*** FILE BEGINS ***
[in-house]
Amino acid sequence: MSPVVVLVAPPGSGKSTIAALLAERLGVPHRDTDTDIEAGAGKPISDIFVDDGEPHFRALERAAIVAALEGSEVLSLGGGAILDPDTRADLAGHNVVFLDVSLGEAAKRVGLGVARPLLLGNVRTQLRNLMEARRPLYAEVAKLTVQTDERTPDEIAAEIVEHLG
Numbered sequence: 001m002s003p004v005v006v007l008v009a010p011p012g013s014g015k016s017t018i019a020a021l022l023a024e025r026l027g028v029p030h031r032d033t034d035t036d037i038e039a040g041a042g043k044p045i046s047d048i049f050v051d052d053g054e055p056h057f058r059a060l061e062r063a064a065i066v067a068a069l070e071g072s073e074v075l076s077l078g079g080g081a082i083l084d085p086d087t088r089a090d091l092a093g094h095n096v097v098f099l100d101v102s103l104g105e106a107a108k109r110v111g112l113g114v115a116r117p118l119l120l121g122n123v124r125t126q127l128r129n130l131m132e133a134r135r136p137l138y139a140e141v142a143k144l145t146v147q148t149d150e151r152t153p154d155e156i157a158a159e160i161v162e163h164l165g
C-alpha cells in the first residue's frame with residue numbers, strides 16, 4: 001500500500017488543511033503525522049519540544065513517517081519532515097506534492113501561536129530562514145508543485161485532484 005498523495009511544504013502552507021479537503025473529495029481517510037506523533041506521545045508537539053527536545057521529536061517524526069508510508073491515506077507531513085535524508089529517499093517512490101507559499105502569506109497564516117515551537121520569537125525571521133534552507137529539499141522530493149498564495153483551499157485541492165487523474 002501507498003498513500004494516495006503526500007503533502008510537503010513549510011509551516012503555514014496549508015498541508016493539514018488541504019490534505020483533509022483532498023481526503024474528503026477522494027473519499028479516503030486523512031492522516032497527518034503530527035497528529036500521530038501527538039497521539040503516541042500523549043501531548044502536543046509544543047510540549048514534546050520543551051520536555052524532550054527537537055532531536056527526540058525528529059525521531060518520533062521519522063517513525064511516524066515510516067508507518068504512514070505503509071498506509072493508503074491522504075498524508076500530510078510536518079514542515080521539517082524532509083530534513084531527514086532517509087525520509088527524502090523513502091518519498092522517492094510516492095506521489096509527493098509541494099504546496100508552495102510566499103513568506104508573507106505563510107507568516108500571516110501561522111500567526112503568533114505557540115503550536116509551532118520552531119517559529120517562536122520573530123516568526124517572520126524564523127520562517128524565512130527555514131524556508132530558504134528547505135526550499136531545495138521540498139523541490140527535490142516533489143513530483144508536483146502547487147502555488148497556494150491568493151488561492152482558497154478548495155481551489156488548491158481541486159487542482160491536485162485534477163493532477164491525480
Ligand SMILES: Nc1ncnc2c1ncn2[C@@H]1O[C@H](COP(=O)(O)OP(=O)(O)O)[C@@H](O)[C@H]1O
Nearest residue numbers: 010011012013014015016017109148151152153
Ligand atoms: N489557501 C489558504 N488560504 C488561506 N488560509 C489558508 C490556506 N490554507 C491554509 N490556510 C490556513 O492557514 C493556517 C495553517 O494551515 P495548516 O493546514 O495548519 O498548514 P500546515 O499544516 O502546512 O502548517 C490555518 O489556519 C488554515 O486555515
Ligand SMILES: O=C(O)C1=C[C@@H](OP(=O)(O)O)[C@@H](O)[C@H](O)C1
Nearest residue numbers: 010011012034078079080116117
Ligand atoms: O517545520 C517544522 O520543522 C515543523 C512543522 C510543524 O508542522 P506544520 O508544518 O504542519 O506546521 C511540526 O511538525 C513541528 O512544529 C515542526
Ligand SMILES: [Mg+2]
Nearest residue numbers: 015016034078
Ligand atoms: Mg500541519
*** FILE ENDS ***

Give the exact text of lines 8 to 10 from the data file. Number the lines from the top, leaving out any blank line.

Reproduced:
Ligand SMILES: O=C(O)C1=C[C@@H](OP(=O)(O)O)[C@@H](O)[C@H](O)C1
Nearest residue numbers: 010011012034078079080116117
Ligand atoms: O517545520 C517544522 O520543522 C515543523 C512543522 C510543524 O508542522 P506544520 O508544518 O504542519 O506546521 C511540526 O511538525 C513541528 O512544529 C515542526